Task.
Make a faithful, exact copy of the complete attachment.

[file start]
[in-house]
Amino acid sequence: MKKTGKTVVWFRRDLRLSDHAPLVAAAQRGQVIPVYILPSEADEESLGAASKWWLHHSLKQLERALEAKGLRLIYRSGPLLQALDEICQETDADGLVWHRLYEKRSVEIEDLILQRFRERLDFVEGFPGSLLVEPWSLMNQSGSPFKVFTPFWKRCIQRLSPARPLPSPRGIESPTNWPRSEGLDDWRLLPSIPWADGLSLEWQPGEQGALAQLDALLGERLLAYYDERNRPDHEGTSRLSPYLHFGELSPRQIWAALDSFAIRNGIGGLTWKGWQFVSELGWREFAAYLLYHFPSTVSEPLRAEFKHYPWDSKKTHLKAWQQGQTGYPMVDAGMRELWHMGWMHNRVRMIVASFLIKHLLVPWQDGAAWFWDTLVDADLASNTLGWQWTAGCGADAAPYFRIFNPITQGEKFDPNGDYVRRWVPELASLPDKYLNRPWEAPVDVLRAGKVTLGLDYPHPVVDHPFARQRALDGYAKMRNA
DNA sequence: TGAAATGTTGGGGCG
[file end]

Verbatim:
[in-house]
Amino acid sequence: MKKTGKTVVWFRRDLRLSDHAPLVAAAQRGQVIPVYILPSEADEESLGAASKWWLHHSLKQLERALEAKGLRLIYRSGPLLQALDEICQETDADGLVWHRLYEKRSVEIEDLILQRFRERLDFVEGFPGSLLVEPWSLMNQSGSPFKVFTPFWKRCIQRLSPARPLPSPRGIESPTNWPRSEGLDDWRLLPSIPWADGLSLEWQPGEQGALAQLDALLGERLLAYYDERNRPDHEGTSRLSPYLHFGELSPRQIWAALDSFAIRNGIGGLTWKGWQFVSELGWREFAAYLLYHFPSTVSEPLRAEFKHYPWDSKKTHLKAWQQGQTGYPMVDAGMRELWHMGWMHNRVRMIVASFLIKHLLVPWQDGAAWFWDTLVDADLASNTLGWQWTAGCGADAAPYFRIFNPITQGEKFDPNGDYVRRWVPELASLPDKYLNRPWEAPVDVLRAGKVTLGLDYPHPVVDHPFARQRALDGYAKMRNA
DNA sequence: TGAAATGTTGGGGCG